As is expressed by St. Gregory the Theologian in his Oration 38 Section 10 with the concepts of the “first” and the “second” worlds, Orthodox Christianity understands that creation is both visible and invisible. The visible creation is, of course, the world in which we are a part and interact with on a daily basis. When we speak of the invisible creation, we are primarily speaking about angels, also known as the bodiless powers.
Unlike many of the angels portrayed in popular culture (such as Clarence earning his wings in It’s a Wonderful Life), the Orthodox Church understands angels to be an entirely different order of creation than human beings and none of us are destined to become one of that order. Rather, angels are understood to be (as St. Gregory mentions) “radiances…intelligent spirits, or a kind of immaterial and bodiless fire, or some other nature as close to those just mentioned possible.”
As can be seen by St. Gregory’s reluctance to definitively attribute any kind of characteristic to the angels, the appearance of angels in the experience of the Orthodox Church is manifold in character. Sometimes they appear as men (see Joshua 5:13-14) and sometimes as fantastic beasts with multiple eyes, wings or other strange features (see Gen 3:24; Eze 10:1; and Rev 4:6). This variety can simply be chalked up to the limitations of language to describe the experience of an encounter with one of the bodiless powers.
The word angel literally means “messenger.” This function of the angelic powers is best personified by Gabriel, who, at the Annunciation, gave the message to the Virgin Mary that she was to give birth to the Christ.
The prayers of the Orthodox Church also call out for the protection of the bodiless powers (from the Apolytikion of the Synaxis of the Archangels on Nov. 8):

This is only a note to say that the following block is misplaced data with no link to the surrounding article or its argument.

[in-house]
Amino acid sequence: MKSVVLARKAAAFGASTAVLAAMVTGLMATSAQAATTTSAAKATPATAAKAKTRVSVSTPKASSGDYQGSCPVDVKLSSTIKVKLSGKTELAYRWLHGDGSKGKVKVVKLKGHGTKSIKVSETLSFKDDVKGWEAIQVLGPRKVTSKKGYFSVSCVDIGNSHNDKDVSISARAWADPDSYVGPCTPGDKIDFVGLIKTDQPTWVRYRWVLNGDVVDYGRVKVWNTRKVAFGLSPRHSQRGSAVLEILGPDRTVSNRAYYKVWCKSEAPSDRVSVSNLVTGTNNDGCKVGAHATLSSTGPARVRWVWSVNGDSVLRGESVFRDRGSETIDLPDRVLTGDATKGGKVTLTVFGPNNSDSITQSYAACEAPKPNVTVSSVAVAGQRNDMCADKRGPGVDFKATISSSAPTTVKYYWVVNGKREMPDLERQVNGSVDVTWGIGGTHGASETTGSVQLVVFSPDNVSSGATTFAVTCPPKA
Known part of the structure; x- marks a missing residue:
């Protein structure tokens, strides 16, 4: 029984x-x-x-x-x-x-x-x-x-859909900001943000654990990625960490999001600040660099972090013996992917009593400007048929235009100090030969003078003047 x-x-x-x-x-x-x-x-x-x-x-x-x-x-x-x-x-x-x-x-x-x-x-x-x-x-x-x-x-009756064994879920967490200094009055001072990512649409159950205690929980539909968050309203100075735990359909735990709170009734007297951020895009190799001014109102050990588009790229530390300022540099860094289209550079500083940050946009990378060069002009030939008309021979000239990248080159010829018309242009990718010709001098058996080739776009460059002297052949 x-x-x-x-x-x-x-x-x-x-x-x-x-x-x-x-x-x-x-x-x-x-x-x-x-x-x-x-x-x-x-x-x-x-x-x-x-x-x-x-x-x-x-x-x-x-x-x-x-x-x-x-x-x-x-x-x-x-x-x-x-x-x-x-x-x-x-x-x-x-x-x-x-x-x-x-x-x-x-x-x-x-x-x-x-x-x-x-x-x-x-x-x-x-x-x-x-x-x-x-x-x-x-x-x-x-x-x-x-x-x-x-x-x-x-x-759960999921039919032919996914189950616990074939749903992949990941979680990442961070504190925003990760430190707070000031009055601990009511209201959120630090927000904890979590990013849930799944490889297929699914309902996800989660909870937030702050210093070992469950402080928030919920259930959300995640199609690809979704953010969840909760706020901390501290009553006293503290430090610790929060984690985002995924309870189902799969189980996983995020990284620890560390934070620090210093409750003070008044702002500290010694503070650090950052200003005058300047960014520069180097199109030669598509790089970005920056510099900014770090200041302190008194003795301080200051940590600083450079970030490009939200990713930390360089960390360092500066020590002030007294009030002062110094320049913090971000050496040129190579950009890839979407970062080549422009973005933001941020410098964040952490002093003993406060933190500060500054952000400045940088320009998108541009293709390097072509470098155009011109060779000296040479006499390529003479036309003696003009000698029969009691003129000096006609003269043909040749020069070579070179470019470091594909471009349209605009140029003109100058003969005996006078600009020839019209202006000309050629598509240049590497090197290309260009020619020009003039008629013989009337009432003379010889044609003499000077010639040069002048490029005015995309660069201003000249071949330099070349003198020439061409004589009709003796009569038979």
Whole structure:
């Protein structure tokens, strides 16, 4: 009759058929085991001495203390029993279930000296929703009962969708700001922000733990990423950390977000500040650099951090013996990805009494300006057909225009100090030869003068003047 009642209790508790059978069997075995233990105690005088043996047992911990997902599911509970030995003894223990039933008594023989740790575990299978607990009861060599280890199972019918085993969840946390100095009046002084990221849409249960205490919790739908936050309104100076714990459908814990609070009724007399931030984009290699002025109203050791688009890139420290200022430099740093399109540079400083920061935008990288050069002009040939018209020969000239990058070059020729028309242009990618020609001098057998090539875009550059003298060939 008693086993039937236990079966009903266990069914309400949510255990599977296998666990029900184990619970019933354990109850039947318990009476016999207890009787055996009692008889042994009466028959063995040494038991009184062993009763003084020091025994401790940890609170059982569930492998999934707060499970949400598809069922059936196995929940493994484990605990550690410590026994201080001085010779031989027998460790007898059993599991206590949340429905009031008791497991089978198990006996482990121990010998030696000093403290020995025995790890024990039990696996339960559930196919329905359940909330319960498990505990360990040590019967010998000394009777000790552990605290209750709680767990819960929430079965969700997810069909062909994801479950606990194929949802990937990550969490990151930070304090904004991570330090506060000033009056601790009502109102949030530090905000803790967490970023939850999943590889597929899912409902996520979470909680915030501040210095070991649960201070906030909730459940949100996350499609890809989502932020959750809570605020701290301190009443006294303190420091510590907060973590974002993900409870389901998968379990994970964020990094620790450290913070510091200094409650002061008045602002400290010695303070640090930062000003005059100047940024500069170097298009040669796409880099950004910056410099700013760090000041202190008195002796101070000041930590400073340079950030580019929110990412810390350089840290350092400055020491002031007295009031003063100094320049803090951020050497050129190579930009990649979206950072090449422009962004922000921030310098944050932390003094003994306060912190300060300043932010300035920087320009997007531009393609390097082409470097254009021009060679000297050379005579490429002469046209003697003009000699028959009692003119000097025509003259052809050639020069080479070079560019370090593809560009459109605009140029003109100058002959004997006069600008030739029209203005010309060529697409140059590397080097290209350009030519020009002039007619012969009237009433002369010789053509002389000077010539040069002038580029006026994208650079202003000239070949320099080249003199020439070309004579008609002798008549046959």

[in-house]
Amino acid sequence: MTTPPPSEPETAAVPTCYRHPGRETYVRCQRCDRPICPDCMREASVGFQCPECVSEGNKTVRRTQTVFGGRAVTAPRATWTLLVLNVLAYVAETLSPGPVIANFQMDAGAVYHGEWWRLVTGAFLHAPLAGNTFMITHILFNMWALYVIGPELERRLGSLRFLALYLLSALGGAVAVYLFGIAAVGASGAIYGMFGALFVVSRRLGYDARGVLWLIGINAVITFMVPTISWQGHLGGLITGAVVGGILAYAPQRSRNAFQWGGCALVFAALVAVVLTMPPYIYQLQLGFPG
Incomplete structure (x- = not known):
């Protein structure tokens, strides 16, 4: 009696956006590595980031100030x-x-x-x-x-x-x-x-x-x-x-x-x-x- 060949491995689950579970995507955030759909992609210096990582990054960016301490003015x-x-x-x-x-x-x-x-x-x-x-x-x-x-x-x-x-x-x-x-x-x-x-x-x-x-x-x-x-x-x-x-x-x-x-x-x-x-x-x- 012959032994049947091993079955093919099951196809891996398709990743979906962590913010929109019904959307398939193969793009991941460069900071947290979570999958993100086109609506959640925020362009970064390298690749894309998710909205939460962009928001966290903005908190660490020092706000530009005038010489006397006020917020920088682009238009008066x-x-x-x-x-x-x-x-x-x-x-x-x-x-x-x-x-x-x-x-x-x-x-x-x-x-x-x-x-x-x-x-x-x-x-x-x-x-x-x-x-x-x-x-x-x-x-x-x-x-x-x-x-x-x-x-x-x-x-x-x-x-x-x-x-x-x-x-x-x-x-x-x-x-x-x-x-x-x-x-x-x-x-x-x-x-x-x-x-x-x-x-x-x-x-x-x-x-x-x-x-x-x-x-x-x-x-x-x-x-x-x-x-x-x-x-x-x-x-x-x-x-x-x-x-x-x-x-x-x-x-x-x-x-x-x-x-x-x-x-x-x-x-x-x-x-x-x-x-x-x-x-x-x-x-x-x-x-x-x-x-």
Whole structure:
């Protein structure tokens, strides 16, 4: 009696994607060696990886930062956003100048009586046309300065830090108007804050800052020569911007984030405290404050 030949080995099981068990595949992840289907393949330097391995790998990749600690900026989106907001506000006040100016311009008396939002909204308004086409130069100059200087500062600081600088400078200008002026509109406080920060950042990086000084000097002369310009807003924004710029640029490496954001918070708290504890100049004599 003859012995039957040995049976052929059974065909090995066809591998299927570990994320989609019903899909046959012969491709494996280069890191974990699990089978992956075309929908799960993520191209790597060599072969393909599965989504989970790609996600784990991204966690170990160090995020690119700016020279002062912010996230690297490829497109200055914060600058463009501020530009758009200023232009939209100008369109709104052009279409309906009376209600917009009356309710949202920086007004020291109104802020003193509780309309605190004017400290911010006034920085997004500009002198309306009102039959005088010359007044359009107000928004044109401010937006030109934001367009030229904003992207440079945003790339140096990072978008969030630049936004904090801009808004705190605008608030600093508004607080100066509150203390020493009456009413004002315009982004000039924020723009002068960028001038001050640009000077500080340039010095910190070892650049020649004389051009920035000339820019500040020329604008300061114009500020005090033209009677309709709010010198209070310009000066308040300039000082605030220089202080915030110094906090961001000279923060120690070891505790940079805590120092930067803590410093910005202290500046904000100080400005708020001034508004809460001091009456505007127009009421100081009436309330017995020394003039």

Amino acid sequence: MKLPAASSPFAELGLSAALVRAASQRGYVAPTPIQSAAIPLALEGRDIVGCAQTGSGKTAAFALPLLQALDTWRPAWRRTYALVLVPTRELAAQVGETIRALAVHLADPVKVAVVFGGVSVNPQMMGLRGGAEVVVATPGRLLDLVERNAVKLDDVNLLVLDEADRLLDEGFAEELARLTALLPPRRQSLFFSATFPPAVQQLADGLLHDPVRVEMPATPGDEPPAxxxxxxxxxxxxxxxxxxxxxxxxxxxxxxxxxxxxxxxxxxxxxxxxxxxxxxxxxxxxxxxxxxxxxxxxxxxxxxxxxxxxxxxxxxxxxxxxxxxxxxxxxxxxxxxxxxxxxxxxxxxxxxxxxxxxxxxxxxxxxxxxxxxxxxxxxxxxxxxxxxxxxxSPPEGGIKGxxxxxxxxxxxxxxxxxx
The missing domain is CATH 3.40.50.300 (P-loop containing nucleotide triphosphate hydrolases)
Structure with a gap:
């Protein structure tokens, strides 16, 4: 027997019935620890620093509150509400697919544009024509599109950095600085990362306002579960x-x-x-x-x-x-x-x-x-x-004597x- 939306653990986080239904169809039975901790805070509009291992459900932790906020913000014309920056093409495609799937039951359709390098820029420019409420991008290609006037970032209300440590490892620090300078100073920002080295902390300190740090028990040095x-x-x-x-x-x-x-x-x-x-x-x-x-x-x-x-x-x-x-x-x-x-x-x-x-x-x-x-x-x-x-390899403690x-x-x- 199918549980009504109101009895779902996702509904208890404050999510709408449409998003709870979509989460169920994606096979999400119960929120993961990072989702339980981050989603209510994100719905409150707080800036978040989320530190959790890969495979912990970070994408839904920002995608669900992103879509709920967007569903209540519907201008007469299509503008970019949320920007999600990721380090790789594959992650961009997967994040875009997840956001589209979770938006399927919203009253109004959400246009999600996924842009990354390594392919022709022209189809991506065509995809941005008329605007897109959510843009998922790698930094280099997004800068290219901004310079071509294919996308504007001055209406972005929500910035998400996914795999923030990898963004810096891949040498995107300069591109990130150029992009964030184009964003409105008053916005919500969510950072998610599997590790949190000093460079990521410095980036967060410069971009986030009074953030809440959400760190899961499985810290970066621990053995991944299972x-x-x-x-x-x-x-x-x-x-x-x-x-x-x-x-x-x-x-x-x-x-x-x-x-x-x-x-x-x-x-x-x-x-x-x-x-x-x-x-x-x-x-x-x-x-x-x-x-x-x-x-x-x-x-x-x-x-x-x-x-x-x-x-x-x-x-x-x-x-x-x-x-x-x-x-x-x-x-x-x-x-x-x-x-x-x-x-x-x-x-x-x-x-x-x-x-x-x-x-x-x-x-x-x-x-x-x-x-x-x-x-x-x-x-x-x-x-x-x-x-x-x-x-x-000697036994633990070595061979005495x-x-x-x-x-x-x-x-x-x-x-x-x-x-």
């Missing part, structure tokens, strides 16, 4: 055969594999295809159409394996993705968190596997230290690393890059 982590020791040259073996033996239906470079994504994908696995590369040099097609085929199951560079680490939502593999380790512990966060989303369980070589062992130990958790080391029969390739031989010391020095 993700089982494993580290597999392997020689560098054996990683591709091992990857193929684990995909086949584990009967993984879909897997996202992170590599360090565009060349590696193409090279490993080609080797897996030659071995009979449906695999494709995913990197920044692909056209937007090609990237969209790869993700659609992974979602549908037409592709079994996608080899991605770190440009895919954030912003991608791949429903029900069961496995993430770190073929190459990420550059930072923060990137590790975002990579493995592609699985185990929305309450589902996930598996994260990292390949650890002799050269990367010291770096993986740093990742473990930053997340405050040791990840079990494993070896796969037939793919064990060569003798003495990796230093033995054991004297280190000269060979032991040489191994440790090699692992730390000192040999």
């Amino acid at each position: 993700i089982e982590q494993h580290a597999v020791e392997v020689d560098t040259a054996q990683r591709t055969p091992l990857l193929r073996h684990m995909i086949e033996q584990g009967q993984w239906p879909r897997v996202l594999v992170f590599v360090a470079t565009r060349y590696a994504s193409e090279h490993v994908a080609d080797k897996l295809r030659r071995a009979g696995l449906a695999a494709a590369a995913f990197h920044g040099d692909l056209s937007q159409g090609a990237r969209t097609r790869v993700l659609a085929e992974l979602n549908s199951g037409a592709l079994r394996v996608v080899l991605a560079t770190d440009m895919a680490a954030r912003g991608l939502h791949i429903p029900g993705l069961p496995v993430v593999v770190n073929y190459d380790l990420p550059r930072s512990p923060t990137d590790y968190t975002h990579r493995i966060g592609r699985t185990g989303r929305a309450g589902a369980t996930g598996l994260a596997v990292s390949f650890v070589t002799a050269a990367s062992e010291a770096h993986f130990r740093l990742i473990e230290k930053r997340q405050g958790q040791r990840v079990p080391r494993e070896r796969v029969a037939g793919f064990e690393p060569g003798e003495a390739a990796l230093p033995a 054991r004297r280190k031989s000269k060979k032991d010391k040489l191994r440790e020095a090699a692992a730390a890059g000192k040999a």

O Commanders of the Heavenly Host, we the unworthy beseech you, that through your entreaties you will fortify us, guarding us in the shelter of the wings of your ethereal glory, even as we fervently bow before you crying: ‘Deliver us from all danger, as Commanders of the Powers on high!’
This function is best personified by the Archangel Michael who helps defeat the Persians in Daniel Chapter 10, battles the devil for the body of Moses in Jude 1:9, battles Satan and his angels in Revelation 12:7-9 and is revealed as the protector of the people in the end times in Daniel Chapter 12.
One might be tempted to ask (indeed, St. Gregory does rhetorically ask) what any of this has to do with Christmas. We must understand who we are and who we are not in order to fully appreciate the magnitude of what occurred at the Birth of Christ. If, as It’s a Wonderful Life posits, we merely become angels when we die what did Christ accomplish by becoming human? We will be these bodiless things that are still subject to change and still part of fallen creation. In other words, Christ didn’t accomplish anything. If, however, Christ became a human being to renew our humanity and to allow us a path to fulfill the image and likeness according which we were made, then Christ’s Incarnation is truly the most important event in all of history.